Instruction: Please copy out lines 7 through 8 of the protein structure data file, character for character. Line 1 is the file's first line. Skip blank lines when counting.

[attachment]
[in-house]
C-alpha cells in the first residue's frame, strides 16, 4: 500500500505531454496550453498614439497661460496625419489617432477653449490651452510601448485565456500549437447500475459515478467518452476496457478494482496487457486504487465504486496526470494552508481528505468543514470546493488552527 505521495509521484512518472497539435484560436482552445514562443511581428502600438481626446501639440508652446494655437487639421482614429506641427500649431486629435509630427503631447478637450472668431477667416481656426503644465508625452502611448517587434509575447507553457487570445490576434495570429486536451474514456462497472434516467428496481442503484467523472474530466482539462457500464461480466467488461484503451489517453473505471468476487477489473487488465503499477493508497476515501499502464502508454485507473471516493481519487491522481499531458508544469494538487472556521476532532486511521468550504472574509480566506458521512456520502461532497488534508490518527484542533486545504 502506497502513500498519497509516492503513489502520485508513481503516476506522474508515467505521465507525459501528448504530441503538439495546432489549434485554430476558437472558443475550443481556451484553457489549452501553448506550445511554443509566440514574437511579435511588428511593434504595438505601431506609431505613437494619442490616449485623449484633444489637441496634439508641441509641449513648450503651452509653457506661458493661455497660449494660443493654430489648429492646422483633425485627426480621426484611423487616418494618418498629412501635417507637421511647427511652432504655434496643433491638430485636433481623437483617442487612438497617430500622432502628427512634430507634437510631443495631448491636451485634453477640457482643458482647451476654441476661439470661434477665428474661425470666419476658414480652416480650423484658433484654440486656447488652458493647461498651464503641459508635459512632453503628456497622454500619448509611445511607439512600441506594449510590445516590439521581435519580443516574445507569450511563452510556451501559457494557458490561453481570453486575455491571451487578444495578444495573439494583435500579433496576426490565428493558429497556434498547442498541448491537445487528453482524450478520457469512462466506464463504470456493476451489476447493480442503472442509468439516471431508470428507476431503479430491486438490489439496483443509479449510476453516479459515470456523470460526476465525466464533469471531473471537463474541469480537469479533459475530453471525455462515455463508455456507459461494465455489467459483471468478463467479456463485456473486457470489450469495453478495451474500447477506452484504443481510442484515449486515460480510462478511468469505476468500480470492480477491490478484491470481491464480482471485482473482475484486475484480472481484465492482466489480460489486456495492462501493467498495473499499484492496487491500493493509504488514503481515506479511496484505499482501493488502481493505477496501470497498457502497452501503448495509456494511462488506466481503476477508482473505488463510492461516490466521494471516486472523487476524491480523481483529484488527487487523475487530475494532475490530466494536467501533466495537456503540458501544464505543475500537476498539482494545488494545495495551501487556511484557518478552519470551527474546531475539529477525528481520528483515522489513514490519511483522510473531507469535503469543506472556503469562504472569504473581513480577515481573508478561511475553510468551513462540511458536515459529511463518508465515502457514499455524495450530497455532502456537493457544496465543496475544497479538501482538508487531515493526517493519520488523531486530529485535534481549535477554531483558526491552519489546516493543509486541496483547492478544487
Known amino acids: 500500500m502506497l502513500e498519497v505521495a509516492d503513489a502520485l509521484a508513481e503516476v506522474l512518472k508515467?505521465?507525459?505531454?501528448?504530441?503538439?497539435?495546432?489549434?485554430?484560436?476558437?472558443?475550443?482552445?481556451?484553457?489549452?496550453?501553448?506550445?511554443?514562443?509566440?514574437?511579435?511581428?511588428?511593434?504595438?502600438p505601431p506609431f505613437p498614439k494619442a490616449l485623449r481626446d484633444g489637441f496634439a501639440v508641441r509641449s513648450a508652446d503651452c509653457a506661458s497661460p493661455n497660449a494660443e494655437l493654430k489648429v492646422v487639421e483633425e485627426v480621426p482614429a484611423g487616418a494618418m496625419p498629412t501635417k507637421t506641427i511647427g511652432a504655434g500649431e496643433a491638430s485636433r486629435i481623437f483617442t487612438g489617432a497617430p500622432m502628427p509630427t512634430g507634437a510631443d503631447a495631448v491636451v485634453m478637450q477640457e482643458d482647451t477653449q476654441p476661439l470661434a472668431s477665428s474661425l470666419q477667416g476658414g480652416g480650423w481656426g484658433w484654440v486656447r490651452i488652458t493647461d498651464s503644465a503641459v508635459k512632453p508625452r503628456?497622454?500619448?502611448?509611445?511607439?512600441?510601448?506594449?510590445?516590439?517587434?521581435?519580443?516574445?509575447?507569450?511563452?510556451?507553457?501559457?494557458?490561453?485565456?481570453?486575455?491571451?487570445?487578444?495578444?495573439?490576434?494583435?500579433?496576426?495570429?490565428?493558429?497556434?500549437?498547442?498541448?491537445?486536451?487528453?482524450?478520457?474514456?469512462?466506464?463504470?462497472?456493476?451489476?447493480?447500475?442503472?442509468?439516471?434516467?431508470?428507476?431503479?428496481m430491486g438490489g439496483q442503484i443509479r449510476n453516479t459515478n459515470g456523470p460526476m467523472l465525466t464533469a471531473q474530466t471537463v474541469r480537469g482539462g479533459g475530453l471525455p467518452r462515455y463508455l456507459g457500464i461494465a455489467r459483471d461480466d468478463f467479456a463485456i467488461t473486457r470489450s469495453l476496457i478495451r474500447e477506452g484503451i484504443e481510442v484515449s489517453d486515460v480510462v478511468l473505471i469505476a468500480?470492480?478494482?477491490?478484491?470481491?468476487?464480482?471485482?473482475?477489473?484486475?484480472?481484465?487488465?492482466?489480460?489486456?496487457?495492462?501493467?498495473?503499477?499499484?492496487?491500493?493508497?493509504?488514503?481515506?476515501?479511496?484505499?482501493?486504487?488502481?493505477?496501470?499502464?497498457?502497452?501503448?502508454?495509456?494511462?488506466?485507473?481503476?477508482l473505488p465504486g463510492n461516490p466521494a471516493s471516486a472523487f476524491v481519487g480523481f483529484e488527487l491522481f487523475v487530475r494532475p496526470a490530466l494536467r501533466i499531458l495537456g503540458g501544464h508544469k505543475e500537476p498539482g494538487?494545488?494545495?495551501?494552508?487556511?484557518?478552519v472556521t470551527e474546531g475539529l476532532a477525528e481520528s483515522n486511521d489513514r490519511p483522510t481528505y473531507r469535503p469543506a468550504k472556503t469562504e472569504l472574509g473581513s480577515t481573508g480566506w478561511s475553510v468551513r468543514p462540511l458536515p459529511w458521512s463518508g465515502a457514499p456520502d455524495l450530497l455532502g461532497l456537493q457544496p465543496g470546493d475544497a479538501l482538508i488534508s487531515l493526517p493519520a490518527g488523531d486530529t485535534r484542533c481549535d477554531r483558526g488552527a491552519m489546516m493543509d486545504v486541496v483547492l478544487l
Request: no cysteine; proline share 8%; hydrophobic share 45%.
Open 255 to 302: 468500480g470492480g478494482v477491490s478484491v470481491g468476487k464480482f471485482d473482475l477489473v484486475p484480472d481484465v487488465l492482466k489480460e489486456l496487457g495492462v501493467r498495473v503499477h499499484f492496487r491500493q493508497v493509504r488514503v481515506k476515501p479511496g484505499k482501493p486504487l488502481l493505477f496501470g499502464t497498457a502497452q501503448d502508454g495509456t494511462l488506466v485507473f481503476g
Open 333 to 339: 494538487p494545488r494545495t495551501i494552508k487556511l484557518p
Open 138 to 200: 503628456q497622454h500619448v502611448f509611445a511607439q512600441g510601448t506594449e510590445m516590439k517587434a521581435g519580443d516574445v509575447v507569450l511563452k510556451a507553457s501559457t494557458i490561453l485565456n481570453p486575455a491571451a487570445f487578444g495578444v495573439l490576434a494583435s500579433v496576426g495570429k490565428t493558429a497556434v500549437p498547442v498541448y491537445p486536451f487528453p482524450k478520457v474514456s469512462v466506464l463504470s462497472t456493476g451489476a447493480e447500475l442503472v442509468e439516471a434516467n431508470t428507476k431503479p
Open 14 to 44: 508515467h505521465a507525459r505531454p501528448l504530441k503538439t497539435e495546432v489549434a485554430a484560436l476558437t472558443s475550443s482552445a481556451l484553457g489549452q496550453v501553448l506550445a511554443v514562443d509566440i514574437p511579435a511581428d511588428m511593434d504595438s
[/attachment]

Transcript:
Open 138 to 200: 503628456q497622454h500619448v502611448f509611445a511607439q512600441g510601448t506594449e510590445m516590439k517587434a521581435g519580443d516574445v509575447v507569450l511563452k510556451a507553457s501559457t494557458i490561453l485565456n481570453p486575455a491571451a487570445f487578444g495578444v495573439l490576434a494583435s500579433v496576426g495570429k490565428t493558429a497556434v500549437p498547442v498541448y491537445p486536451f487528453p482524450k478520457v474514456s469512462v466506464l463504470s462497472t456493476g451489476a447493480e447500475l442503472v442509468e439516471a434516467n431508470t428507476k431503479p
Open 14 to 44: 508515467h505521465a507525459r505531454p501528448l504530441k503538439t497539435e495546432v489549434a485554430a484560436l476558437t472558443s475550443s482552445a481556451l484553457g489549452q496550453v501553448l506550445a511554443v514562443d509566440i514574437p511579435a511581428d511588428m511593434d504595438s